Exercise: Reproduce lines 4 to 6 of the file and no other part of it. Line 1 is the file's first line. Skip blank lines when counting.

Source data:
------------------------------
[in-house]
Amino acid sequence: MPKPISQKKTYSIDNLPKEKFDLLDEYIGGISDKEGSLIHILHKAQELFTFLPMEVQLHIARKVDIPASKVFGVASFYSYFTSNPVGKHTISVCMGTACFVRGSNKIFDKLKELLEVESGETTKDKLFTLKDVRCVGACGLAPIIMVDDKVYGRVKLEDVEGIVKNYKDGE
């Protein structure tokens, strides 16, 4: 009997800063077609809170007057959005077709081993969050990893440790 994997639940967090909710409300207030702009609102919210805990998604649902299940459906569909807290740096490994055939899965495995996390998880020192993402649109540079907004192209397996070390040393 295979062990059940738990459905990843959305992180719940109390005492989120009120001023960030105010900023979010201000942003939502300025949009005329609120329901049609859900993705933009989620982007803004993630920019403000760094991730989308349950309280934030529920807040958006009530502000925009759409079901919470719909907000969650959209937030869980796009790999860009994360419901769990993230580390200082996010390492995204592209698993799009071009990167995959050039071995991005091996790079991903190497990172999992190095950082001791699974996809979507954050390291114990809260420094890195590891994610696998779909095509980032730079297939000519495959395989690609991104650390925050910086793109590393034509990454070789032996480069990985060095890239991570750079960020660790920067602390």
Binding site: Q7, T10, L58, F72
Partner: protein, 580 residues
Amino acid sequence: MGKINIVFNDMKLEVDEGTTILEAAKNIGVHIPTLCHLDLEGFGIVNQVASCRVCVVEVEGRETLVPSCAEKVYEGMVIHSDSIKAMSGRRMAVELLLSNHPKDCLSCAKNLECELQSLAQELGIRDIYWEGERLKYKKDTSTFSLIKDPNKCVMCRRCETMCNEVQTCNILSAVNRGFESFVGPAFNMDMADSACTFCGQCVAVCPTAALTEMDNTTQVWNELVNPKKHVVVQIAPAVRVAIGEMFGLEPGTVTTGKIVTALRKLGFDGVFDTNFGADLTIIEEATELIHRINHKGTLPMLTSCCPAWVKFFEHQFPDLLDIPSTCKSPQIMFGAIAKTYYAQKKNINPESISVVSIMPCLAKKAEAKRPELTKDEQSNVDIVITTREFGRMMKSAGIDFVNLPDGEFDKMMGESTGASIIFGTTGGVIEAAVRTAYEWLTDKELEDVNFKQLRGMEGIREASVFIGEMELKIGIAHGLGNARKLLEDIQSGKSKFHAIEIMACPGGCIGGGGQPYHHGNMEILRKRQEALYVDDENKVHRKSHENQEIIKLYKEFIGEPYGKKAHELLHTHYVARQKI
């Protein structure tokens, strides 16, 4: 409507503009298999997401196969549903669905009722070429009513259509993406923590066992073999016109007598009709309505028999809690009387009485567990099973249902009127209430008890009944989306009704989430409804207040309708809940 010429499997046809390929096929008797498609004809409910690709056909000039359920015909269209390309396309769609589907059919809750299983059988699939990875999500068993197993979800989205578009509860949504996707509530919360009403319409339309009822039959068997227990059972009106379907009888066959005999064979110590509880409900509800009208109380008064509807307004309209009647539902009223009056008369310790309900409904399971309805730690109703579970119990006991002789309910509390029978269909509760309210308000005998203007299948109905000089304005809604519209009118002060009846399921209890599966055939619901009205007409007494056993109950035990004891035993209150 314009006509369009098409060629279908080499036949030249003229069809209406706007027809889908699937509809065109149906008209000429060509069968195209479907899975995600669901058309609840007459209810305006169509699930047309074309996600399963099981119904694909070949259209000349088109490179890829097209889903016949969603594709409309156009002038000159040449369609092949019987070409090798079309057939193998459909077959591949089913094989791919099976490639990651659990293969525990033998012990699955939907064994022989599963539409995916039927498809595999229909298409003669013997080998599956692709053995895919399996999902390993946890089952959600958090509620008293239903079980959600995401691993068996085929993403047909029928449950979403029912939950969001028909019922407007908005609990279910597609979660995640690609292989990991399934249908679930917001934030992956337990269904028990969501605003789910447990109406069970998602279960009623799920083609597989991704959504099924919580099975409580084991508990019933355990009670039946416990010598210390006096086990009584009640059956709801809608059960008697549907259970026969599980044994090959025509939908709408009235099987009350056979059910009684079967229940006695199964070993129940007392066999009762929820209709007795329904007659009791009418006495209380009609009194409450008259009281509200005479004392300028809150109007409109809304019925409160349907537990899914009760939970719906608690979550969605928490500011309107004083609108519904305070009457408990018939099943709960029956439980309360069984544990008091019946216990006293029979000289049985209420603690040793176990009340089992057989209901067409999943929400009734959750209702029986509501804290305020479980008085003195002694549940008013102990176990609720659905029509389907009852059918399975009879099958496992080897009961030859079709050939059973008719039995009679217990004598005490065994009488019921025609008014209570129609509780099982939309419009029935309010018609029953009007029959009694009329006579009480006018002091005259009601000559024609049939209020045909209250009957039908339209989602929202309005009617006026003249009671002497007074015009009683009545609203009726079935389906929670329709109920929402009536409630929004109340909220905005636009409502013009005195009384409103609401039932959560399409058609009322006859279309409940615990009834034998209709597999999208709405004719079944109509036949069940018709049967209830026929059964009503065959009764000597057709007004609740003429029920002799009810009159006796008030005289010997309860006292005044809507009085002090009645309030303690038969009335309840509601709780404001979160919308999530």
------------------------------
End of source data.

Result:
Binding site: Q7, T10, L58, F72
Partner: protein, 580 residues
Amino acid sequence: MGKINIVFNDMKLEVDEGTTILEAAKNIGVHIPTLCHLDLEGFGIVNQVASCRVCVVEVEGRETLVPSCAEKVYEGMVIHSDSIKAMSGRRMAVELLLSNHPKDCLSCAKNLECELQSLAQELGIRDIYWEGERLKYKKDTSTFSLIKDPNKCVMCRRCETMCNEVQTCNILSAVNRGFESFVGPAFNMDMADSACTFCGQCVAVCPTAALTEMDNTTQVWNELVNPKKHVVVQIAPAVRVAIGEMFGLEPGTVTTGKIVTALRKLGFDGVFDTNFGADLTIIEEATELIHRINHKGTLPMLTSCCPAWVKFFEHQFPDLLDIPSTCKSPQIMFGAIAKTYYAQKKNINPESISVVSIMPCLAKKAEAKRPELTKDEQSNVDIVITTREFGRMMKSAGIDFVNLPDGEFDKMMGESTGASIIFGTTGGVIEAAVRTAYEWLTDKELEDVNFKQLRGMEGIREASVFIGEMELKIGIAHGLGNARKLLEDIQSGKSKFHAIEIMACPGGCIGGGGQPYHHGNMEILRKRQEALYVDDENKVHRKSHENQEIIKLYKEFIGEPYGKKAHELLHTHYVARQKI